Imogen Heap is a good example of this – she has helped to establish an organisation called Mycelia that is attempting to change the way the music industry operates. File sharing and the global nature of the internet have made it far harder for musicians to get paid when their work is downloaded or used.
By embedding blockchains into the digital fingerprint of a song, however, it should be possible to record each time a track is played on a radio station or used in a YouTube video.
“The song itself will have the ability to pay all the people involved whenever it is played or purchased,” explains Heap. Information about all the contributors – from engineers to musicians - can be embedded into the blockchain, along with data about the equipment used to record it.
“If a radio DJ plays it they can get information about what the song was written about, who was involved,” says Heap. “If an artist wants payments for using a song to go towards a charity for the next two weeks, they can create the contract so it diverts money into a different account. Blockchain is the technology that makes this possible.”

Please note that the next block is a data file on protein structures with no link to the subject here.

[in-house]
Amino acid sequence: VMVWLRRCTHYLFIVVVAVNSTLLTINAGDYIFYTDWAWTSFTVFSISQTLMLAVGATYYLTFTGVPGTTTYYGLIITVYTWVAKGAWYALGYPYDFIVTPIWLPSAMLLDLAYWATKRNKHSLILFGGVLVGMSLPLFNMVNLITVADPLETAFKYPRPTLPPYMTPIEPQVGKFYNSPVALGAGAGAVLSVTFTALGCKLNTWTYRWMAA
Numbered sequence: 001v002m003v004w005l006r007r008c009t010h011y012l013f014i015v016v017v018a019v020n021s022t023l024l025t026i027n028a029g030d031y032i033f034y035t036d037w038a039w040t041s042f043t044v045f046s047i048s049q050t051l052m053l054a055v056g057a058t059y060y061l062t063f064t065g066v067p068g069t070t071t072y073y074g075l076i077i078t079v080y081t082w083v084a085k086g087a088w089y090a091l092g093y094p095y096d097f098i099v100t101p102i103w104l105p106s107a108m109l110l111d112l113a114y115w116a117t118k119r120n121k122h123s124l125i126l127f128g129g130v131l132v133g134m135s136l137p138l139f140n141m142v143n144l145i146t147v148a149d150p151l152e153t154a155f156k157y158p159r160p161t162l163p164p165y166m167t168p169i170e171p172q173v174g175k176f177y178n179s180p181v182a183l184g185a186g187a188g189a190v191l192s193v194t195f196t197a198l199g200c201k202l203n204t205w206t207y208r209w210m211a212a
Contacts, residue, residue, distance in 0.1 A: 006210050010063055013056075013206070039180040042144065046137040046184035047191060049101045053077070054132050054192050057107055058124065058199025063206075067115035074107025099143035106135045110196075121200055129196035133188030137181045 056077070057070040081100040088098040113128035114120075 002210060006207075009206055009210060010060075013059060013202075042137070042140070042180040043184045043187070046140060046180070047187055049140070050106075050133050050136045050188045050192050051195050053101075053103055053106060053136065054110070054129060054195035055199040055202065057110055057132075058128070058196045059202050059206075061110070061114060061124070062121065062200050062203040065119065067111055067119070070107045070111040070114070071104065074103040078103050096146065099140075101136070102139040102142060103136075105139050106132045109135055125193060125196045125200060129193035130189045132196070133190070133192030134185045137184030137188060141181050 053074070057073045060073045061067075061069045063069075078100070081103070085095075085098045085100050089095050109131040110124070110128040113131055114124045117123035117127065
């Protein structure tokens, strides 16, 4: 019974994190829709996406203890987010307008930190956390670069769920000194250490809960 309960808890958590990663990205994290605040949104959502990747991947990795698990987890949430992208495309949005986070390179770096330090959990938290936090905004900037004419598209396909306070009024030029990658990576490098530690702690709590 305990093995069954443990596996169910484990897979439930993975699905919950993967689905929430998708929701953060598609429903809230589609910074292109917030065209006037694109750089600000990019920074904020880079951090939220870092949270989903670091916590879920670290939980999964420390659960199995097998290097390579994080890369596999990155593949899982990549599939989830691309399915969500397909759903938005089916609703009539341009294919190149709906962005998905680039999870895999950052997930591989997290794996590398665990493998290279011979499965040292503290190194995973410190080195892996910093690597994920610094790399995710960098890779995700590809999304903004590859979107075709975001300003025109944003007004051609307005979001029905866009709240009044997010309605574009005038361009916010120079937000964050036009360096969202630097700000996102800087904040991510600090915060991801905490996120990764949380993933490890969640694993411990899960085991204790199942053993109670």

Of course, for this to happen it will require the music industry, radio stations and online platforms like YouTube, where music content is often used on posted videos, to sign up to a system that will distribute royalty payments using automatic blockchain contracts. Heap believes the industry is starting to wake up to the idea that there needs to be changes as it struggles to deal with payment disputes triggered by online streaming companies like Spotify.
But Heap’s vision goes further. Mycelia is attempting to create blockchain-based “Creative Passports” for artists that will record their entire history of work. Every time they play a gig, for example, the venue could validate that on their creative passport by “checking them in” with an app, helping to produce a single repository for an artist’s entire career.
This digital record of achievement could be appealing outside the creative industries too – no need to fish out certificates to prove that you achieved exam results when applying for jobs, for example. Prospective employees could simply submit their blockchain-based CV instead.
“There are going to be loads of jobs emerging involving blockchains,” says Heap. “Blockchains are going to be a big part of our lives and we are going to need a lot of people to help make the changes that are coming.”
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